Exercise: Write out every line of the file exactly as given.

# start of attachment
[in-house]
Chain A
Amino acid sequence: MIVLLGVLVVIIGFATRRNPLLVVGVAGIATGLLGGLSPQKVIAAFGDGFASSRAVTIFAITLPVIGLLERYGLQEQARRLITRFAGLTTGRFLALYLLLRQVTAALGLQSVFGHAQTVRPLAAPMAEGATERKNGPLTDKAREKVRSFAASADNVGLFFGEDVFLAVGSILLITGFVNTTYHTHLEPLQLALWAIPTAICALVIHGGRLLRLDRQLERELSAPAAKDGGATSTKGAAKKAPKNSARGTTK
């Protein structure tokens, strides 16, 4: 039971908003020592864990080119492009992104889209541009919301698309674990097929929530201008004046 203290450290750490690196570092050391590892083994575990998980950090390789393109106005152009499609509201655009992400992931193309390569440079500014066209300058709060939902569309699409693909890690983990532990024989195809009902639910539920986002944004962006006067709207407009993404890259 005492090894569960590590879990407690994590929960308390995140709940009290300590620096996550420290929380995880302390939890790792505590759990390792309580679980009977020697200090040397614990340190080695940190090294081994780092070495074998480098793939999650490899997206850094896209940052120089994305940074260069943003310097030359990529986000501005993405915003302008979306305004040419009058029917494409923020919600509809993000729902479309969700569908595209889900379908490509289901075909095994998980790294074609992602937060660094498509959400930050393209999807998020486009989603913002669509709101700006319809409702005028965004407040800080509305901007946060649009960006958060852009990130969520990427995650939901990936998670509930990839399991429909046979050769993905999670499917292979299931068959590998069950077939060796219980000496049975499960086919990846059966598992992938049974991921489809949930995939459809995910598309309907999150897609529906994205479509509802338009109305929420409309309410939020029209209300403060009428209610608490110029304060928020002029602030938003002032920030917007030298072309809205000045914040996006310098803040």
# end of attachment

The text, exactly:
[in-house]
Chain A
Amino acid sequence: MIVLLGVLVVIIGFATRRNPLLVVGVAGIATGLLGGLSPQKVIAAFGDGFASSRAVTIFAITLPVIGLLERYGLQEQARRLITRFAGLTTGRFLALYLLLRQVTAALGLQSVFGHAQTVRPLAAPMAEGATERKNGPLTDKAREKVRSFAASADNVGLFFGEDVFLAVGSILLITGFVNTTYHTHLEPLQLALWAIPTAICALVIHGGRLLRLDRQLERELSAPAAKDGGATSTKGAAKKAPKNSARGTTK
């Protein structure tokens, strides 16, 4: 039971908003020592864990080119492009992104889209541009919301698309674990097929929530201008004046 203290450290750490690196570092050391590892083994575990998980950090390789393109106005152009499609509201655009992400992931193309390569440079500014066209300058709060939902569309699409693909890690983990532990024989195809009902639910539920986002944004962006006067709207407009993404890259 005492090894569960590590879990407690994590929960308390995140709940009290300590620096996550420290929380995880302390939890790792505590759990390792309580679980009977020697200090040397614990340190080695940190090294081994780092070495074998480098793939999650490899997206850094896209940052120089994305940074260069943003310097030359990529986000501005993405915003302008979306305004040419009058029917494409923020919600509809993000729902479309969700569908595209889900379908490509289901075909095994998980790294074609992602937060660094498509959400930050393209999807998020486009989603913002669509709101700006319809409702005028965004407040800080509305901007946060649009960006958060852009990130969520990427995650939901990936998670509930990839399991429909046979050769993905999670499917292979299931068959590998069950077939060796219980000496049975499960086919990846059966598992992938049974991921489809949930995939459809995910598309309907999150897609529906994205479509509802338009109305929420409309309410939020029209209300403060009428209610608490110029304060928020002029602030938003002032920030917007030298072309809205000045914040996006310098803040």